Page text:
Minneapolis skyway cafe owner finds new avenues for revenue as pandemic lull continues

Despite the struggles it has caused, cafe owner Max Broich says the pandemic has also presented some opportunity.

The owner of a skyway café in downtown Minneapolis, who has seen his business get beat up in the pandemic, is finding new ways to bring in cash as he fights to see his cafe through the COVID-19 disruption.

Max Broich owns Max’s Café in the skyway near 2nd Avenue and 3rd Street. He says he loves being right where he’s at, and while the pandemic is taking its toll on his business, it's also allowing him to get a little creative with another venture.

Broich knows how to whip up what his skyway customers like, from a morning latte on the run or a good sandwich for their lunch break. And lately, he’s really gotten to know his customers well.

"I do know everyone that comes in now, it’s the same people every day," said Broich. "I do know them real well and appreciate them coming in."

With many downtown Minneapolis employees holed up at home, foot traffic through the city’s skyways is next to nothing.

"Before 10 a.m., my business has gone from doing hundreds of transactions, down to doing dozens each day," lamented Broich.

The Minneapolis Downtown Council has been tracking the numbers and says about 78 percent of downtown businesses are open in full or at reduced hours. At the same time, 14 percent plan to reopen this spring and summer while eight percent have closed permanently.

While it’s tough to see any kind of business close, Broich says the pandemic has allowed some new ideas to take root.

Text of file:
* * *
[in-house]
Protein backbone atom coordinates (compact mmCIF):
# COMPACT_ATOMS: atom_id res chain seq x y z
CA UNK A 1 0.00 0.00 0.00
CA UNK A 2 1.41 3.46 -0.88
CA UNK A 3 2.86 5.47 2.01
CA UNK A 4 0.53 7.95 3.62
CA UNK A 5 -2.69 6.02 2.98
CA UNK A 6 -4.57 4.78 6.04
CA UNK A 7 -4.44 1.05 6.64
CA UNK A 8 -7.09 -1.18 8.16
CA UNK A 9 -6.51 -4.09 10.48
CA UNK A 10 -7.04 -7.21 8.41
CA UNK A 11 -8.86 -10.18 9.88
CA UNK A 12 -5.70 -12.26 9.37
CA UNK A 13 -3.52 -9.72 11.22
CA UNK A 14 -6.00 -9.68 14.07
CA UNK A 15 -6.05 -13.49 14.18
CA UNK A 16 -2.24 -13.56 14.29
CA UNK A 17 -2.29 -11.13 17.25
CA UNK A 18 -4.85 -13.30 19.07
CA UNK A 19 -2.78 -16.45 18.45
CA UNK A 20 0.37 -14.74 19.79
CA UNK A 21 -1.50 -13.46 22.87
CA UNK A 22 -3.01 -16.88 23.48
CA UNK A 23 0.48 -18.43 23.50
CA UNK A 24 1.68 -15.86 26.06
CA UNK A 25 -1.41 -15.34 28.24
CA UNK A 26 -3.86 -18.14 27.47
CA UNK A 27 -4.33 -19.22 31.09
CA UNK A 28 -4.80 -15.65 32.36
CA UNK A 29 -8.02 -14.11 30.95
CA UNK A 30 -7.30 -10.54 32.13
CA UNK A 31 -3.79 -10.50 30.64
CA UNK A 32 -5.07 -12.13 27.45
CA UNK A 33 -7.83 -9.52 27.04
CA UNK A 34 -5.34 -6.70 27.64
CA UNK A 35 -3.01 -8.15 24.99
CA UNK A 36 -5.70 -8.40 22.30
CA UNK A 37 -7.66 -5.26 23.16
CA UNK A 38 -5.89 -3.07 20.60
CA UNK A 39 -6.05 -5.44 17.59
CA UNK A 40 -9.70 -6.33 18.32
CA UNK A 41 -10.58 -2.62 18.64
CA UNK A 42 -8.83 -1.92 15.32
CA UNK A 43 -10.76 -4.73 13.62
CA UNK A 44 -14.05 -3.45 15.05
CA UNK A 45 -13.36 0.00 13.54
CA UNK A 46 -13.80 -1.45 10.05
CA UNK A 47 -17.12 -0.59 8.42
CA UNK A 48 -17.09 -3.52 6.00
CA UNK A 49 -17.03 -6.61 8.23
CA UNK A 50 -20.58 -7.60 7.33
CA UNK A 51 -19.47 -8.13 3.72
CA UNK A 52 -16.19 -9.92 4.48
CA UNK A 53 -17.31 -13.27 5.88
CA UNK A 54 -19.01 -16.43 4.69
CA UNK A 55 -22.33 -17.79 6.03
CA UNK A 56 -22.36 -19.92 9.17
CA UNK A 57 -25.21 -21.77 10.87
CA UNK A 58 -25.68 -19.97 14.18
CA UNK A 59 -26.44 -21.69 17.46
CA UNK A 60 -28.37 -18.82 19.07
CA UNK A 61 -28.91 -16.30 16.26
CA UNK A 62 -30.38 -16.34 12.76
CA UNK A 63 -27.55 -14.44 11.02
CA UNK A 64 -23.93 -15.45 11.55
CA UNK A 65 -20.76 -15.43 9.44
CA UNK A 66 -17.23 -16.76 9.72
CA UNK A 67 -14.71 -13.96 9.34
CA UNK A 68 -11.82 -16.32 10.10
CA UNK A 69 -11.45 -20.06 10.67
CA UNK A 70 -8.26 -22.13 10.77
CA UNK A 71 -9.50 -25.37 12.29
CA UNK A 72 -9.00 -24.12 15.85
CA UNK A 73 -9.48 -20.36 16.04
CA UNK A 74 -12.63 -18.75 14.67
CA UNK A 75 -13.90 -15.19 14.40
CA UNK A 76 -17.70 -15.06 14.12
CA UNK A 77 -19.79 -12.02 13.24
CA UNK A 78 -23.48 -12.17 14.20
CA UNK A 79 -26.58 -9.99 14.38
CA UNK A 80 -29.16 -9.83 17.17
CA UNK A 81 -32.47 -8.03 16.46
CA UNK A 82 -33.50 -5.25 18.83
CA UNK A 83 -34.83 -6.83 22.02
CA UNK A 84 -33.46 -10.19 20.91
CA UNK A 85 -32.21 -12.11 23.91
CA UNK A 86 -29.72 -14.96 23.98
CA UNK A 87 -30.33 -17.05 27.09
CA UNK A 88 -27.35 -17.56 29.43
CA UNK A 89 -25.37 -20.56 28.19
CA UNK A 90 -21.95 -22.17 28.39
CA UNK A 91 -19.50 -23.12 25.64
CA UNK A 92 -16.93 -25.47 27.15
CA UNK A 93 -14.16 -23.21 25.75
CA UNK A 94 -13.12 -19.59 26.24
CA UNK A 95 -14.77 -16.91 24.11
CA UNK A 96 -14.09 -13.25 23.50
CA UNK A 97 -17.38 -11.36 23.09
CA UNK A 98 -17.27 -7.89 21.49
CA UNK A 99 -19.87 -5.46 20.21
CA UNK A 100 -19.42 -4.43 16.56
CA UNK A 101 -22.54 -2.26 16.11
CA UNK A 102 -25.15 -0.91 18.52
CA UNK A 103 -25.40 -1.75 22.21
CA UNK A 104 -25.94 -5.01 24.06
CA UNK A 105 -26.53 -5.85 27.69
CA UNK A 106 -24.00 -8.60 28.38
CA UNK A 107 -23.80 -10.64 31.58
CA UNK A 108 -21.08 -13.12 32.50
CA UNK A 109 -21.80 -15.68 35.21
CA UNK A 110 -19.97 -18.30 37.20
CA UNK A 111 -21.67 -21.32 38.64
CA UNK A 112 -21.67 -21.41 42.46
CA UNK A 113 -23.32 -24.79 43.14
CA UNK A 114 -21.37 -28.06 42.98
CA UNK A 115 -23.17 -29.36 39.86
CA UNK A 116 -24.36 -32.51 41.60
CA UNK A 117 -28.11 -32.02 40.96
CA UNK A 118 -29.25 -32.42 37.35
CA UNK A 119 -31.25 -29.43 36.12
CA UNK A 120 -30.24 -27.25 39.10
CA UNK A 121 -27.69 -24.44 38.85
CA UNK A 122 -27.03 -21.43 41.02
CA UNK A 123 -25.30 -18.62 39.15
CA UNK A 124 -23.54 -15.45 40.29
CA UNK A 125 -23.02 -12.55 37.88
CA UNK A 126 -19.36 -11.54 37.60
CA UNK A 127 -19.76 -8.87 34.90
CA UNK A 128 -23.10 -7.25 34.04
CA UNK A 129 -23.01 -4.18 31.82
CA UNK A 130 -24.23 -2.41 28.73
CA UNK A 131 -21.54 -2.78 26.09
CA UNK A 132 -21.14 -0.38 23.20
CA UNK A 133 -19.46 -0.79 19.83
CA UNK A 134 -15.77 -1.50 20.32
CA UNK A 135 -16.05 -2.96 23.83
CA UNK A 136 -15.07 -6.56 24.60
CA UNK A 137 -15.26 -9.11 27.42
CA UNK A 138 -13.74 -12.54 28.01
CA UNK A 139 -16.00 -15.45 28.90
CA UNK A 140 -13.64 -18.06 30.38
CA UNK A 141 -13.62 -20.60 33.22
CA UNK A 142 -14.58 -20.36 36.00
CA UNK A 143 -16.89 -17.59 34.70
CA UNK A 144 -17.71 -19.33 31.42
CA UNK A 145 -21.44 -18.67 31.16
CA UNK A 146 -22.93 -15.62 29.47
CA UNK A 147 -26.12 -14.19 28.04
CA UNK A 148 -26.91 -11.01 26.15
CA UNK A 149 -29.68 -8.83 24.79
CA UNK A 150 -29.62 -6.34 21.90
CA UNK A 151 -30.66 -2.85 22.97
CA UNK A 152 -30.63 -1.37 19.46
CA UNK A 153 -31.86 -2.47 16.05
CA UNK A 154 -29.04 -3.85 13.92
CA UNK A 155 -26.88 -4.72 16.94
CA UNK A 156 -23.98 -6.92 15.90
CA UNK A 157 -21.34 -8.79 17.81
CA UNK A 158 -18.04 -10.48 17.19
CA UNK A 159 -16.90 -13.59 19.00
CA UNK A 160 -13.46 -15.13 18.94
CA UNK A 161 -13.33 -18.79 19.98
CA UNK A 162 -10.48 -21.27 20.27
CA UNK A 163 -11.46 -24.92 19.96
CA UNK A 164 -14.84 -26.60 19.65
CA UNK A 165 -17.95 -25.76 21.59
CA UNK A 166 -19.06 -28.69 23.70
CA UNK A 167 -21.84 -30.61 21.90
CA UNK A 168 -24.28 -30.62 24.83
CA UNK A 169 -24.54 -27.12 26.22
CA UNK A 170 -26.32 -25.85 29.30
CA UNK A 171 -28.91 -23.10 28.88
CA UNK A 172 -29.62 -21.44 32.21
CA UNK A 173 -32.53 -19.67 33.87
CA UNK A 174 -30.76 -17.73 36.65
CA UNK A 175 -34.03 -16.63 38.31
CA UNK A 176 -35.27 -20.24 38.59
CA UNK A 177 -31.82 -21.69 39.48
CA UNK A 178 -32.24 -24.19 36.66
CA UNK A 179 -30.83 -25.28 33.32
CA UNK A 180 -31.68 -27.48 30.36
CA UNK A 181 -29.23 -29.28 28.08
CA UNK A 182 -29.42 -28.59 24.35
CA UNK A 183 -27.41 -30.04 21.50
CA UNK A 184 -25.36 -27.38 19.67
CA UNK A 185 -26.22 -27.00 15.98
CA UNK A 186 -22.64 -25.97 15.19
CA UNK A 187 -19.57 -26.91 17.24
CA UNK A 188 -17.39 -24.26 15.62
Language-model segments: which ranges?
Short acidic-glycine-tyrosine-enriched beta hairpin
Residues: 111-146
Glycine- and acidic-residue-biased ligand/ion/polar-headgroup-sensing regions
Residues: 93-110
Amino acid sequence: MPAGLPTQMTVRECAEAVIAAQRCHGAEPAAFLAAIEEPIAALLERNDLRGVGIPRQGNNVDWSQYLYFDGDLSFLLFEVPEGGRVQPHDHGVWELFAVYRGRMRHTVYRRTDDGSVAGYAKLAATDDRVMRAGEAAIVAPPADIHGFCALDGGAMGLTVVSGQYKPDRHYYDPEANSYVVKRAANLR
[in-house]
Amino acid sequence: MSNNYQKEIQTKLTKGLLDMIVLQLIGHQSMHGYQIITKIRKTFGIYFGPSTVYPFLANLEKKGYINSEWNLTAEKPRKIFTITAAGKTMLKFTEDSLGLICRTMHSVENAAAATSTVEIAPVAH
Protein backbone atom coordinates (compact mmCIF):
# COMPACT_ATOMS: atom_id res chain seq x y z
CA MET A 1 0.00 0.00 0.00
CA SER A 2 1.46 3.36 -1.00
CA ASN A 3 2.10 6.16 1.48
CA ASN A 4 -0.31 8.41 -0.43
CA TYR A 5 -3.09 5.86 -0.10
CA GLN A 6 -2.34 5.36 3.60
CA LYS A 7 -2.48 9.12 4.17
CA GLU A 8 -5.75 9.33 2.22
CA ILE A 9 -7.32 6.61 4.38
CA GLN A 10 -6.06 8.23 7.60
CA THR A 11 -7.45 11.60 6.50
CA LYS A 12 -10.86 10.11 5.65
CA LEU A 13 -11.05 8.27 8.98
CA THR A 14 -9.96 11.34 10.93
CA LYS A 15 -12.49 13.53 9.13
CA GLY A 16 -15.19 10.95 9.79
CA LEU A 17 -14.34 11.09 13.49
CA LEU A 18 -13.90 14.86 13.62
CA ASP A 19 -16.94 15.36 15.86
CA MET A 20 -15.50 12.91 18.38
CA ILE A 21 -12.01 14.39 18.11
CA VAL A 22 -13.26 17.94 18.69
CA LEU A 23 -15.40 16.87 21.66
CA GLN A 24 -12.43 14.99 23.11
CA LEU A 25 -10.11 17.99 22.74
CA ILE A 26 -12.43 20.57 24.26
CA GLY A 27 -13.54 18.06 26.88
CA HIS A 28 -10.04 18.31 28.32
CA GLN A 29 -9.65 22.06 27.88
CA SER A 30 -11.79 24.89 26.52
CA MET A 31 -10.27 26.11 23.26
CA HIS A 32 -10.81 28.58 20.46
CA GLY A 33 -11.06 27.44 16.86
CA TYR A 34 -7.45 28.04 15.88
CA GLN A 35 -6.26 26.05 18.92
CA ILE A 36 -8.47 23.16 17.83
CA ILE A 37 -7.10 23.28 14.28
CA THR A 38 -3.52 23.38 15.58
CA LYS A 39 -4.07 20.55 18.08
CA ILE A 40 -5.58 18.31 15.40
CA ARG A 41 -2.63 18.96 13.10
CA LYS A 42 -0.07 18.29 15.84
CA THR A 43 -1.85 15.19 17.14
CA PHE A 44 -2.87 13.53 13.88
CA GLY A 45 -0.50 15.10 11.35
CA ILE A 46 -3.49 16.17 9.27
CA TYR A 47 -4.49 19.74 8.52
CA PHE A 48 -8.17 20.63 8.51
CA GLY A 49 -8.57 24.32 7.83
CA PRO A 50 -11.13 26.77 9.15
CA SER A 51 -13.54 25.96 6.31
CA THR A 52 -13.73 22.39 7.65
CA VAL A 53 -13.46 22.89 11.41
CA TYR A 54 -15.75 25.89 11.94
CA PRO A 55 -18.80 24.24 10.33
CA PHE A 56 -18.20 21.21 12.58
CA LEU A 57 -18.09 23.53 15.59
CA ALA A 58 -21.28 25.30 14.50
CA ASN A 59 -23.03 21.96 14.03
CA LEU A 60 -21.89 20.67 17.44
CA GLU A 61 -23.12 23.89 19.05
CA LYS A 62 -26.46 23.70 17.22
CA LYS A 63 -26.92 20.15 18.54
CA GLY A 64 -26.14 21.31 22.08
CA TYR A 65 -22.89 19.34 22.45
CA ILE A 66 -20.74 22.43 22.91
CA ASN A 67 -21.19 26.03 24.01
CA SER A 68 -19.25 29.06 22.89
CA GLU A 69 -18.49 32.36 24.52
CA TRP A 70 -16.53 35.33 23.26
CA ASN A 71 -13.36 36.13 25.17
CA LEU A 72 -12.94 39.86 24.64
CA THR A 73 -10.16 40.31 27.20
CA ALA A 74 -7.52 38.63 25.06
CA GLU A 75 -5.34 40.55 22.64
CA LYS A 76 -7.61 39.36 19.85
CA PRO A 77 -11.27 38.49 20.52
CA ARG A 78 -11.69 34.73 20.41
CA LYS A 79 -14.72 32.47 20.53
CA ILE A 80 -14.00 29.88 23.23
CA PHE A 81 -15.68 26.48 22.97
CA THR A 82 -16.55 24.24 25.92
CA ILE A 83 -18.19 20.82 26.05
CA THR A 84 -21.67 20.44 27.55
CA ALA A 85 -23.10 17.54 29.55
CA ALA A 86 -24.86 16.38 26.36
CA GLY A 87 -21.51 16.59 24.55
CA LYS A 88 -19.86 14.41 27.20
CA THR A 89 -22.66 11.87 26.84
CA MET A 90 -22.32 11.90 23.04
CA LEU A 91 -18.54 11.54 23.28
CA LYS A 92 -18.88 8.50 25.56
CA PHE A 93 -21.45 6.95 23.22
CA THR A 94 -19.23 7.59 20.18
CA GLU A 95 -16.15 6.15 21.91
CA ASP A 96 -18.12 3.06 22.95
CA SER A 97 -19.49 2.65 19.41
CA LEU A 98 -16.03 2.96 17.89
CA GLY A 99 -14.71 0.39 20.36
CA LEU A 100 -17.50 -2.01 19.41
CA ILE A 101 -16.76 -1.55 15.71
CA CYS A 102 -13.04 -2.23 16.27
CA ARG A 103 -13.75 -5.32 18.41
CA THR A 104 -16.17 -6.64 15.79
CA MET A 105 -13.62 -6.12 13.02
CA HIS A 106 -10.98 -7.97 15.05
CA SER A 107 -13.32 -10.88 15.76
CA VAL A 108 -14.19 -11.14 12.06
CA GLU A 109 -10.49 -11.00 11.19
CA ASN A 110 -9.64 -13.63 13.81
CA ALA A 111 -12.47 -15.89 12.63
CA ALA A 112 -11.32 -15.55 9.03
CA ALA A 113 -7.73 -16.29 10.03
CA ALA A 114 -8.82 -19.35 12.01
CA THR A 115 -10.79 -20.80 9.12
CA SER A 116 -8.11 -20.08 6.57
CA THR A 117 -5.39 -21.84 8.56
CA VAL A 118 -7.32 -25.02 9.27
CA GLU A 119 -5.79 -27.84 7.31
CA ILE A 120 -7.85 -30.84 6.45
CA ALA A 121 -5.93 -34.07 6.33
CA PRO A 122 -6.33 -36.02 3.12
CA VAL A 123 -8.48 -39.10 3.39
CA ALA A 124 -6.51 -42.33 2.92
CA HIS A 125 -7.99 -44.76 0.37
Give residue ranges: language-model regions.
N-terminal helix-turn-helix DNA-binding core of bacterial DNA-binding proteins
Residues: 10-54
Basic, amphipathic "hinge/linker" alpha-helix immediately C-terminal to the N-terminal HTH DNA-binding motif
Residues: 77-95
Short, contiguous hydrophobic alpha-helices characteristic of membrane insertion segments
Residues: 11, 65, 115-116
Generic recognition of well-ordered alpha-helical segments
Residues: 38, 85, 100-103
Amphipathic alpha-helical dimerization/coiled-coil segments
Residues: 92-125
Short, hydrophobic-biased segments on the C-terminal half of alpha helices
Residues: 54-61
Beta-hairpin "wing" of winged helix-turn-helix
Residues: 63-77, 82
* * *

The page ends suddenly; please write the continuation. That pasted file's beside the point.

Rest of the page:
"With COVID came an opportunity to work on something I’ve been wanting to do for a long time," he explains.

Broich says a popular granola bar in the café’s bakery case that he’s been making for years is getting some more attention. Max's Bars are now being professionally made, packaged, and sold at stores around the state as a way to supplement a dwindling income.

"I always wanted to scale that business up, but I never really had the time," Broich said. "So this has given me the opportunity to put a lot of time and effort into that."

Max is staying hopeful that no matter what happens, things can only get better.

"When times get tough it creates an opportunity for innovation and I just have to keep going, I can’t just shut down and close," said Broich. "I’m not going to do it."

The Minneapolis Downtown Council told us Wednesday that they’re seeing about 16 percent of workers return downtown and that there are some new businesses in the works -- but they can’t offer up too many details quite yet.